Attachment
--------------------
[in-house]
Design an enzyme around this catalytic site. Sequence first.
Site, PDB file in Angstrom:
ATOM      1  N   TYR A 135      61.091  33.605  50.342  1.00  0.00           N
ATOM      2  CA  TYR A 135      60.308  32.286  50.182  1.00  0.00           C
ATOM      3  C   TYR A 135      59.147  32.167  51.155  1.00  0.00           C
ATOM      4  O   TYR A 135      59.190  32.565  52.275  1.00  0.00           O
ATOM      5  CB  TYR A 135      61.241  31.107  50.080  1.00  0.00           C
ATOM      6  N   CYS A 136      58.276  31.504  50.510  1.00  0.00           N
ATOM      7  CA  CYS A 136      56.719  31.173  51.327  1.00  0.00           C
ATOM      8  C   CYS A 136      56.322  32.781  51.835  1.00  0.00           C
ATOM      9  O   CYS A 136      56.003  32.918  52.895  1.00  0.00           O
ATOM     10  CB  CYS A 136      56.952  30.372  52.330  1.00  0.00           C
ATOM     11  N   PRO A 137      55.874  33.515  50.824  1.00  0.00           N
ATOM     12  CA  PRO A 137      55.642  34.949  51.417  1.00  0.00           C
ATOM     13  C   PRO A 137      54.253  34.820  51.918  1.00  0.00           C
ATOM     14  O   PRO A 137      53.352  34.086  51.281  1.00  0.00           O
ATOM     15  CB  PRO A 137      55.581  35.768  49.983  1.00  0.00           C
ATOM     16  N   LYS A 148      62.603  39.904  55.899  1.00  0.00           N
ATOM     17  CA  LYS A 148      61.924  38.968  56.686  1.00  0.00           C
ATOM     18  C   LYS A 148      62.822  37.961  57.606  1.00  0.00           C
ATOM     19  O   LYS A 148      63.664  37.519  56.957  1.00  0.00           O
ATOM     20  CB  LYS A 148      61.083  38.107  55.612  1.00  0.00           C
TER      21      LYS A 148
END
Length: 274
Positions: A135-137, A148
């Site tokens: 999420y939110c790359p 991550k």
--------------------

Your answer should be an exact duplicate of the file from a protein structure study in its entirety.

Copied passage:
[in-house]
Design an enzyme around this catalytic site. Sequence first.
Site, PDB file in Angstrom:
ATOM      1  N   TYR A 135      61.091  33.605  50.342  1.00  0.00           N
ATOM      2  CA  TYR A 135      60.308  32.286  50.182  1.00  0.00           C
ATOM      3  C   TYR A 135      59.147  32.167  51.155  1.00  0.00           C
ATOM      4  O   TYR A 135      59.190  32.565  52.275  1.00  0.00           O
ATOM      5  CB  TYR A 135      61.241  31.107  50.080  1.00  0.00           C
ATOM      6  N   CYS A 136      58.276  31.504  50.510  1.00  0.00           N
ATOM      7  CA  CYS A 136      56.719  31.173  51.327  1.00  0.00           C
ATOM      8  C   CYS A 136      56.322  32.781  51.835  1.00  0.00           C
ATOM      9  O   CYS A 136      56.003  32.918  52.895  1.00  0.00           O
ATOM     10  CB  CYS A 136      56.952  30.372  52.330  1.00  0.00           C
ATOM     11  N   PRO A 137      55.874  33.515  50.824  1.00  0.00           N
ATOM     12  CA  PRO A 137      55.642  34.949  51.417  1.00  0.00           C
ATOM     13  C   PRO A 137      54.253  34.820  51.918  1.00  0.00           C
ATOM     14  O   PRO A 137      53.352  34.086  51.281  1.00  0.00           O
ATOM     15  CB  PRO A 137      55.581  35.768  49.983  1.00  0.00           C
ATOM     16  N   LYS A 148      62.603  39.904  55.899  1.00  0.00           N
ATOM     17  CA  LYS A 148      61.924  38.968  56.686  1.00  0.00           C
ATOM     18  C   LYS A 148      62.822  37.961  57.606  1.00  0.00           C
ATOM     19  O   LYS A 148      63.664  37.519  56.957  1.00  0.00           O
ATOM     20  CB  LYS A 148      61.083  38.107  55.612  1.00  0.00           C
TER      21      LYS A 148
END
Length: 274
Positions: A135-137, A148
């Site tokens: 999420y939110c790359p 991550k």